Maitripa College, founded in 2005 as Maitripa Institute, is a Tibetan Buddhist college located in Portland, Oregon. It is an affiliated member of the Foundation for the Preservation of the Mahayana Tradition (FPMT), an international network of Gelugpa dharma centers.
The first Tibetan Buddhist lama to have American students was Geshe Ngawang Wangyal, a Kalmyk-Mongolian of the Gelug lineage, who came to the United States in 1955 and founded the "Lamaist Buddhist Monastery of America" in New Jersey in 1958.
Among his students were the future western scholars Robert Thurman, Jeffrey Hopkins, Alexander Berzin and Anne C. Klein.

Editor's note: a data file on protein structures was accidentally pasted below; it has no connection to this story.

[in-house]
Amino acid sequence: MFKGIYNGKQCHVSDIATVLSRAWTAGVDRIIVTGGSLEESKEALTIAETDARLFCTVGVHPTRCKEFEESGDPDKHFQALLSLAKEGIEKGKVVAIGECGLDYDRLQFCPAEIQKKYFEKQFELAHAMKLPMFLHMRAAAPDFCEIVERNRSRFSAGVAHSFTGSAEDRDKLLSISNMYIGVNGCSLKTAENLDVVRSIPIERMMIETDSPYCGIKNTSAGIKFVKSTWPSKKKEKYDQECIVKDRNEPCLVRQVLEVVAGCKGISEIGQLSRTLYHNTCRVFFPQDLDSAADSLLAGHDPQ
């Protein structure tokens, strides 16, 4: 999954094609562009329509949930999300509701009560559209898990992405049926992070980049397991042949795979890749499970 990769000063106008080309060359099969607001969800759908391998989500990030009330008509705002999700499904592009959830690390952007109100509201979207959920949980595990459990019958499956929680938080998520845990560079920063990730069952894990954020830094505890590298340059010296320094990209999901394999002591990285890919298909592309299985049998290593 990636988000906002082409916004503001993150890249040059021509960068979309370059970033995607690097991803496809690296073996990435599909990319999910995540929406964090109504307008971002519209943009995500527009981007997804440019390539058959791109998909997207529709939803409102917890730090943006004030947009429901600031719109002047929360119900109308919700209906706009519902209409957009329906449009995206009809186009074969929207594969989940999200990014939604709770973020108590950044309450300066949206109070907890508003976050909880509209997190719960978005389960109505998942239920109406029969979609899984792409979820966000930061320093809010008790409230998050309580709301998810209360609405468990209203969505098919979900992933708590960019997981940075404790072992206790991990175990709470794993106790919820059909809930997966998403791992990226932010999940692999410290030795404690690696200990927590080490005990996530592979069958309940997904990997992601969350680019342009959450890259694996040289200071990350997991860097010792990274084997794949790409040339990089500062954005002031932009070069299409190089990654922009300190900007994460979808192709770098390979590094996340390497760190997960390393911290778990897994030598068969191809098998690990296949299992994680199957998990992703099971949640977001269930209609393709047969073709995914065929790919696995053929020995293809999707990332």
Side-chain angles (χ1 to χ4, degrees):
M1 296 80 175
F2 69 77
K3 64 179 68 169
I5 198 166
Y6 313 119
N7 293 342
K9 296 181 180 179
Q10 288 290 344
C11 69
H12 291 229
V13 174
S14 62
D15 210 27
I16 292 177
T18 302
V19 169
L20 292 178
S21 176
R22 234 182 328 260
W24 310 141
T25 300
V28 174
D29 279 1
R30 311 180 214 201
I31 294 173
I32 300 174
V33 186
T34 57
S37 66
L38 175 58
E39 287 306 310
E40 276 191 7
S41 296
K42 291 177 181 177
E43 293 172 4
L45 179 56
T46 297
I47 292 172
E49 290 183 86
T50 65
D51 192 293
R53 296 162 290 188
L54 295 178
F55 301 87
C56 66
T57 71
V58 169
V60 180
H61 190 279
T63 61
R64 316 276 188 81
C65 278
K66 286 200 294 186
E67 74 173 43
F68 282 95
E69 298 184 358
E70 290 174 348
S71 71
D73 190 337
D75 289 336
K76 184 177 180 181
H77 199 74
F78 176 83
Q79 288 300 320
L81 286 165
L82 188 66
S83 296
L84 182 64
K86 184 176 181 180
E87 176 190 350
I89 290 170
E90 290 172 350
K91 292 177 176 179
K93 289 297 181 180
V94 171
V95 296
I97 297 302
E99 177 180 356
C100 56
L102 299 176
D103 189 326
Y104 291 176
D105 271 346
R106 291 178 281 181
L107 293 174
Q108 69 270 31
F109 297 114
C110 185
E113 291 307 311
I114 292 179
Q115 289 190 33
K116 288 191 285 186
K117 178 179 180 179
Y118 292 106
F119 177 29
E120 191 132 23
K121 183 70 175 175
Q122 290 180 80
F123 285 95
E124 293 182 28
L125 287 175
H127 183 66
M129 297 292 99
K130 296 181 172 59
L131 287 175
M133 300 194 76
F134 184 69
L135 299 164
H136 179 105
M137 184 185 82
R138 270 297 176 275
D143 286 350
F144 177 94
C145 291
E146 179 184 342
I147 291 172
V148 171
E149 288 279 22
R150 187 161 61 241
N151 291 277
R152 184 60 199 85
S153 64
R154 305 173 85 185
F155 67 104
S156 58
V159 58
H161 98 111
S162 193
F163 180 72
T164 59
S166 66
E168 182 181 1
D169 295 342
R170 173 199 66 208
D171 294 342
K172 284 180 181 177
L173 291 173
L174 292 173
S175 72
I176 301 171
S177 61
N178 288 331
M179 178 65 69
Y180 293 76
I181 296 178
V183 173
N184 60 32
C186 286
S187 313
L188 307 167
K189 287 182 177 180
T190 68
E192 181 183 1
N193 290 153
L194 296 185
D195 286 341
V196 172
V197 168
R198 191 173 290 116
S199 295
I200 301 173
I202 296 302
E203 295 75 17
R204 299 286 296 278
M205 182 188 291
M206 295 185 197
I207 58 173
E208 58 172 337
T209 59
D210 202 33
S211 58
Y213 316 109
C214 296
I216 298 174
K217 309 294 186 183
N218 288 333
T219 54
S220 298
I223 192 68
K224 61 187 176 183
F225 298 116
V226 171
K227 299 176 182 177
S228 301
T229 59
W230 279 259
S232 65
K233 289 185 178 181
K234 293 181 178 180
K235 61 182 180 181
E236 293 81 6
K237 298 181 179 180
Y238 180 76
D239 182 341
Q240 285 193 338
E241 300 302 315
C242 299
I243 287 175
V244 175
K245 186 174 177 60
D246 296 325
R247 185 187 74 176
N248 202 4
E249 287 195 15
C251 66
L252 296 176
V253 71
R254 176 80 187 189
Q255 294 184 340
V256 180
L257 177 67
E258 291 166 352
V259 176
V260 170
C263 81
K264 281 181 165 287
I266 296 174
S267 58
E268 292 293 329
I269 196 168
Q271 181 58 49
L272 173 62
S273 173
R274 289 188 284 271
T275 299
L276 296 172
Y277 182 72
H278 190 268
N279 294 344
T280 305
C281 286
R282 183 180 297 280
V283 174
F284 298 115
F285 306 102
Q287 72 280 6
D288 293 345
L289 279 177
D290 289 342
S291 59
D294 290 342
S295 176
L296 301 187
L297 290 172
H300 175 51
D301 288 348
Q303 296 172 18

Other early arrivals included Dezhung Rinpoche, a Sakya lama who settled in Seattle, in 1960, and Tarthang .
Buddhist monasticism is an important part of the Tibetan Buddhist tradition, all the major and minor schools maintain large monastic institutions based on the Mulasarvastivada Vinaya (monastic rule) and many religious leaders come from the monastic community.
That being said, there are also many religious leaders or teachers (called Lamas and Gurus) which are not celibate monastics.
This list contains some of the most well known Tibetan Buddhist organizations around the .
The Foundation for the Preservation of the Mahayana Tradition (FPMT) was founded in 1975 by Lamas Thubten Yeshe and Thubten Zopa Rinpoche, who began teaching Buddhism to Western students in Nepal.
The FPMT has grown to encompass over 160 Dharma centers, projects, and services in 37 countries.
Since the death of Lama Yeshe in 1984, the FPMT's spiritual director has been Lama Zopa Rinpoche.
FPMT maintains a number of charitable projects, including funds to build .